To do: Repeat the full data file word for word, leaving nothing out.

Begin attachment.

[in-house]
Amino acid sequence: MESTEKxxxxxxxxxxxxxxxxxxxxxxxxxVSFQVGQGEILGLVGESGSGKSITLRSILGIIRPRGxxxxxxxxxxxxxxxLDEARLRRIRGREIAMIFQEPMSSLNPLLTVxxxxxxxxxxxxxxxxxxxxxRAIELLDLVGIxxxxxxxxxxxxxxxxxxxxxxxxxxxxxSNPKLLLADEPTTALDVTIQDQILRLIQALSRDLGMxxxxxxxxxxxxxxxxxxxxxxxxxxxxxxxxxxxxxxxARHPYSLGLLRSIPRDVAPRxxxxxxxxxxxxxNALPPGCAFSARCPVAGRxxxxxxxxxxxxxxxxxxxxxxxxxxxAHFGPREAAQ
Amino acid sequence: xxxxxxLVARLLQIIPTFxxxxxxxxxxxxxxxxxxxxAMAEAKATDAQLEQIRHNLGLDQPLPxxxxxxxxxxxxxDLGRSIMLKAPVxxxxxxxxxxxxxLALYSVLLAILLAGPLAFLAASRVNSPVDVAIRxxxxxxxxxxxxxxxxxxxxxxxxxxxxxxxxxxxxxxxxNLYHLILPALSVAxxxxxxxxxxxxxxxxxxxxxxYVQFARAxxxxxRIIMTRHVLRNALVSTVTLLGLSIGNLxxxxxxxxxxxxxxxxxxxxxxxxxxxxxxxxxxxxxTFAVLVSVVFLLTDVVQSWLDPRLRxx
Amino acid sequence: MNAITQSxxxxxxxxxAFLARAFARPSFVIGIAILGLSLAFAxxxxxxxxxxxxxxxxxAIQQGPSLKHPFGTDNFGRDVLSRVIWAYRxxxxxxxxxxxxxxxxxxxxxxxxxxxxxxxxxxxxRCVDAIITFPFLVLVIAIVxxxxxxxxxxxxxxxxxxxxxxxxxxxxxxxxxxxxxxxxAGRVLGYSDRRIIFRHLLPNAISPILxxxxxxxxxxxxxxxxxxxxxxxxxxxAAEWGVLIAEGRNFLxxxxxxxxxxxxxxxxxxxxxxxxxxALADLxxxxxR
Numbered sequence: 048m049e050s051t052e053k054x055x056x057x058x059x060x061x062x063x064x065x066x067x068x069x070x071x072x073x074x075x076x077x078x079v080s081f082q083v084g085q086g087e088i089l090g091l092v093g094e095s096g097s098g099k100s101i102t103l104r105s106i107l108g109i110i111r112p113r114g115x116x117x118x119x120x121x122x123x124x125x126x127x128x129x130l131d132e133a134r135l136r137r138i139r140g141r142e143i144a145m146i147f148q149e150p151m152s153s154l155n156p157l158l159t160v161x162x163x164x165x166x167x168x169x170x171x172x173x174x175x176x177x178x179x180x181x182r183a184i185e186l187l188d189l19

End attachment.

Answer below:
[in-house]
Amino acid sequence: MESTEKxxxxxxxxxxxxxxxxxxxxxxxxxVSFQVGQGEILGLVGESGSGKSITLRSILGIIRPRGxxxxxxxxxxxxxxxLDEARLRRIRGREIAMIFQEPMSSLNPLLTVxxxxxxxxxxxxxxxxxxxxxRAIELLDLVGIxxxxxxxxxxxxxxxxxxxxxxxxxxxxxSNPKLLLADEPTTALDVTIQDQILRLIQALSRDLGMxxxxxxxxxxxxxxxxxxxxxxxxxxxxxxxxxxxxxxxARHPYSLGLLRSIPRDVAPRxxxxxxxxxxxxxNALPPGCAFSARCPVAGRxxxxxxxxxxxxxxxxxxxxxxxxxxxAHFGPREAAQ
Amino acid sequence: xxxxxxLVARLLQIIPTFxxxxxxxxxxxxxxxxxxxxAMAEAKATDAQLEQIRHNLGLDQPLPxxxxxxxxxxxxxDLGRSIMLKAPVxxxxxxxxxxxxxLALYSVLLAILLAGPLAFLAASRVNSPVDVAIRxxxxxxxxxxxxxxxxxxxxxxxxxxxxxxxxxxxxxxxxNLYHLILPALSVAxxxxxxxxxxxxxxxxxxxxxxYVQFARAxxxxxRIIMTRHVLRNALVSTVTLLGLSIGNLxxxxxxxxxxxxxxxxxxxxxxxxxxxxxxxxxxxxxTFAVLVSVVFLLTDVVQSWLDPRLRxx
Amino acid sequence: MNAITQSxxxxxxxxxAFLARAFARPSFVIGIAILGLSLAFAxxxxxxxxxxxxxxxxxAIQQGPSLKHPFGTDNFGRDVLSRVIWAYRxxxxxxxxxxxxxxxxxxxxxxxxxxxxxxxxxxxxRCVDAIITFPFLVLVIAIVxxxxxxxxxxxxxxxxxxxxxxxxxxxxxxxxxxxxxxxxAGRVLGYSDRRIIFRHLLPNAISPILxxxxxxxxxxxxxxxxxxxxxxxxxxxAAEWGVLIAEGRNFLxxxxxxxxxxxxxxxxxxxxxxxxxxALADLxxxxxR
Numbered sequence: 048m049e050s051t052e053k054x055x056x057x058x059x060x061x062x063x064x065x066x067x068x069x070x071x072x073x074x075x076x077x078x079v080s081f082q083v084g085q086g087e088i089l090g091l092v093g094e095s096g097s098g099k100s101i102t103l104r105s106i107l108g109i110i111r112p113r114g115x116x117x118x119x120x121x122x123x124x125x126x127x128x129x130l131d132e133a134r135l136r137r138i139r140g141r142e143i144a145m146i147f148q149e150p151m152s153s154l155n156p157l158l159t160v161x162x163x164x165x166x167x168x169x170x171x172x173x174x175x176x177x178x179x180x181x182r183a184i185e186l187l188d189l19